Management & Operations

Preventive maintenance tips for reducing bus costs

Posted on February 1, 2001 by Tom Olszewski, ExxonMobil Lubricants & Petroleum Specialties Co.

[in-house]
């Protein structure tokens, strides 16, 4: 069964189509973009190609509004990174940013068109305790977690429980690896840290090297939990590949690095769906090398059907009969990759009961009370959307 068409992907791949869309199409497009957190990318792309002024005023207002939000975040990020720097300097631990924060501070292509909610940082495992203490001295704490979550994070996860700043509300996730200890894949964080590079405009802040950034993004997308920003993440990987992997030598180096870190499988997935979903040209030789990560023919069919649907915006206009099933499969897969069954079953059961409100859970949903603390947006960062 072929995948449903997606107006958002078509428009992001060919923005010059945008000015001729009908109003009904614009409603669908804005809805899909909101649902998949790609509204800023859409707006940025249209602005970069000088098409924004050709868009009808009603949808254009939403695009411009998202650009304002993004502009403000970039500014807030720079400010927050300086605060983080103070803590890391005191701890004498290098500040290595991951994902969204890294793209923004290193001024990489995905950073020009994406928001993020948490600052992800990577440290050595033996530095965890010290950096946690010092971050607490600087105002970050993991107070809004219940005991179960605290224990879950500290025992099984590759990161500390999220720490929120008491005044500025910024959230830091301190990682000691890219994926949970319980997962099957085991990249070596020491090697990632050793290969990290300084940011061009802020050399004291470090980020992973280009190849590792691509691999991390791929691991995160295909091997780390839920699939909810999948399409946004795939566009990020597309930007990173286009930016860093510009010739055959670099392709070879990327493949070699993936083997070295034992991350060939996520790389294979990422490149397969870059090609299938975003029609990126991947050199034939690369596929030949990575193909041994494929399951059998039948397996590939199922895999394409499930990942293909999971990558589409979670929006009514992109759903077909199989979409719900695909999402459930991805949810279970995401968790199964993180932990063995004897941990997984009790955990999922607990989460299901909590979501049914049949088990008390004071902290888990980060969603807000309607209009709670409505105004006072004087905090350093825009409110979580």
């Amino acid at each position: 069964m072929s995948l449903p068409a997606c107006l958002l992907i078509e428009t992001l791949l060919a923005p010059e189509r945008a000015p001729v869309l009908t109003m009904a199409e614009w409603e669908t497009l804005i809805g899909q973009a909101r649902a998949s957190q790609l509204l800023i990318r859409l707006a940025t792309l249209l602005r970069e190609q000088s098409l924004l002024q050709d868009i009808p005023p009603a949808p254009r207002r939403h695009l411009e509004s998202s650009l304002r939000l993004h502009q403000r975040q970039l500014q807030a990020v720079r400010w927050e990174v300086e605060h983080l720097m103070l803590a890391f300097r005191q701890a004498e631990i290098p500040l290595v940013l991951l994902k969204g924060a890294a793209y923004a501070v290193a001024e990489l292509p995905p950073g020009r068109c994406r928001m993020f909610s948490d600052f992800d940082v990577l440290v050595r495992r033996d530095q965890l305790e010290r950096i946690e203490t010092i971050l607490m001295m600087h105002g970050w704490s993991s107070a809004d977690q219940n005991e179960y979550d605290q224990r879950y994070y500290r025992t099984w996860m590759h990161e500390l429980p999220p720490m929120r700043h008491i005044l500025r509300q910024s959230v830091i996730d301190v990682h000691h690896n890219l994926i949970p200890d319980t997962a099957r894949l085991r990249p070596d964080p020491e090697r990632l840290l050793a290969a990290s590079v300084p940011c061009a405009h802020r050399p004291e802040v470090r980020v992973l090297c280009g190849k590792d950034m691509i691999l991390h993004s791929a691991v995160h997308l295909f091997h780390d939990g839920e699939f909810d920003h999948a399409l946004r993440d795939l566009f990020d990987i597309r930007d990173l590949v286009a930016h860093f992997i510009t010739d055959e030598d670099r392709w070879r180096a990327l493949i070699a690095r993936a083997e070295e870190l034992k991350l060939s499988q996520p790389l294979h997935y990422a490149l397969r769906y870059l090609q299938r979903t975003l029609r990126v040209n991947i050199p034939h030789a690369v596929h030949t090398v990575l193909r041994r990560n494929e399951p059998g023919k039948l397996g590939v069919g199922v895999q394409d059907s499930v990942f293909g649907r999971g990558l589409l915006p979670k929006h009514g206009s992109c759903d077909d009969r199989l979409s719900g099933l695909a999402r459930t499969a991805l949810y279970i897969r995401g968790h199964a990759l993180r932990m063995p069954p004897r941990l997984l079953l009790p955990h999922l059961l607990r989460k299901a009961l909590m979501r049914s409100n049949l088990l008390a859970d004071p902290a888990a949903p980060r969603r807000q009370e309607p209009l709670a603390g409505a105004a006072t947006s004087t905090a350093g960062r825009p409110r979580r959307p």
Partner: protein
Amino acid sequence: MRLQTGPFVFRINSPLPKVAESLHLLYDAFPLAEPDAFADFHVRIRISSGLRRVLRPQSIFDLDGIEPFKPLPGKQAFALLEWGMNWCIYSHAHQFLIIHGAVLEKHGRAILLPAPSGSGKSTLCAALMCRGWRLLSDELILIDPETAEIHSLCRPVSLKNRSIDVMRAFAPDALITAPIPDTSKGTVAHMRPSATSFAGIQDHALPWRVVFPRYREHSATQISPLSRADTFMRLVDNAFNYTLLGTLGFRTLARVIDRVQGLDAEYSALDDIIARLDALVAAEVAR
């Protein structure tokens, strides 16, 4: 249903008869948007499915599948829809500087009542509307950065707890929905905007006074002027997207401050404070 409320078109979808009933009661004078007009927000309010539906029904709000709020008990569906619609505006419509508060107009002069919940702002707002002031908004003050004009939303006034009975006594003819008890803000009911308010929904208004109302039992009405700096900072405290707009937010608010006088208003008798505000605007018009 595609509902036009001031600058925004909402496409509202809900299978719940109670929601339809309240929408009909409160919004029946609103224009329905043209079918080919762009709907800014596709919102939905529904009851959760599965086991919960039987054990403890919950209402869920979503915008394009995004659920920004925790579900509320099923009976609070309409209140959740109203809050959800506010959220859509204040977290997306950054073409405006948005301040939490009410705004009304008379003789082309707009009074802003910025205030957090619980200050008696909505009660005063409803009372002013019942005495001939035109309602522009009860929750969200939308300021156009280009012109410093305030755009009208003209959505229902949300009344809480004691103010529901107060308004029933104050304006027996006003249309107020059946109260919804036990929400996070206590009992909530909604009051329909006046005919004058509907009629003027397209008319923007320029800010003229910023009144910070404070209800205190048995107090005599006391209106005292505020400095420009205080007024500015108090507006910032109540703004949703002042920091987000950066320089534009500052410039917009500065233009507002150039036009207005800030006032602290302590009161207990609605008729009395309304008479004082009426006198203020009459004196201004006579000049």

There is no doubt that preventive maintenance is the key to keeping buses road ready, reducing vehicle operating, maintenance and replacement costs and improving the bottom line. Here are some of the areas often overlooked, as well as common mistakes made in bus fleet maintenance practices: Leaks. Air cleaner elements should be changed based on intake restriction, not necessarily at regular intervals. In buses, the entire intake system should be inspected, including all flexible hoses and connections. Each time the air cleaner element is changed there is potential for dirt to enter the engine. Premature changes often result in dirt entering the engine, and small amounts of dirt cause accelerated engine wear. In used oil analysis, dirt will show up as high silicon content. Starting aids. If you use Ether as a starting aid, remember you are dealing with an explosive that can seriously damage your engine. Never let a starting aid substitute for the correct viscosity oil. An engine that starts despite the sluggishness of the oil will receive almost no lubricant at critical points for several minutes after start-up. That is when significant engine wear can occur. Engines should operate at low idle until full and stable oil pressure is established. During cold starts, the full flow oil filter bypass may open if the full flow oil filter restriction is high due to debris from long oil change intervals. When the oil filter bypass valve opens, often debris caught in the oil filter head is washed through the engine’s main bearings, causing bearing damage. Bearing failures result from severe dirt cuts, but often not immediately when the bearing damage is done. During cold starts, long oil delays also have an adverse effect on such things as camshaft bushing and cam follower assemblies. Repeated long oil delays have an adverse effect on engine durability and component reliability. For buses stored in outdoor depots in cold climates, lower viscosity oils may be needed. Cooling system. Keep a close watch on your cooling system. Some experts believe that 50% of all premature engine failures begin with a problem in the cooling system. Check cooling fan belts for wear. An intermittent squeal often signals a loose belt. Choose your antifreeze/coolants and supplemental coolant inhibitor wisely. Coolant leaks deplete not only antifreeze but also supplemental coolant inhibitor concentration. Manufacturers’ recommendations should be consulted at all times. Coolant leaks into the engine oil may be found using oil analysis. Elevated levels of elements such as sodium, potassium, boron and silicon may indicate a coolant leak, as well as low coolant levels. Fluid ratios. Less can be more. Don’t increase the ratio of antifreeze/coolant to water above 70:30, expecting that a “stronger” mix will do a better job. It won’t. For optimum freeze protection, always follow the manufacturer’s recommended ratios. Turbocharger. If you’re using a turbocharger without a separate oil circulation system, let the engine idle a few minutes before shut down so the oil can cool down; otherwise it may “cook,” shortening its useful life and forming harmful deposits on the turbocharger bearings. Using a high quality engine oil with excellent detergency and antioxidants is also an important consideration. Idling. If you’re concerned about fuel costs, try cutting down on your idling time. In most ambient conditions, engines will retain enough temperature to restart after sitting a few hours. Anything beyond idling for a few minutes after a long run wastes fuel, may reduce the life of your engine oil and promote corrosive wear in the liner and bearings. Why? Because engine temperature is so much lower when you’re idling, and water vapor can condense in the crankcase and produce corrosive sulphurous acid. With the right choice of engine oil to help your cold weather starts, most of that idling can be avoided. Idling can also lead to high levels of soot in your oil, which can shorten oil life and thicken oil prematurely. Additives. Supplementary additives (top treats)—even those sold under popular brand names—are an expense that you can live without. If you’ve made a good choice in engine oils, you don’t need any other products in your crankcase. In fact, supplemental additives may destabilize your engine oil. Fluid levels. Maintain proper fluid levels. Running an engine while the oil level is too low can cause engine damage. Too high an oil level often results in rapid oil loss out the breather. Fueling. Try to fill your fuel tank at the end of the day, rather than first thing in the morning. That helps prevent condensation from forming in the tank overnight; condensation often leads to a build-up of water and sludge.

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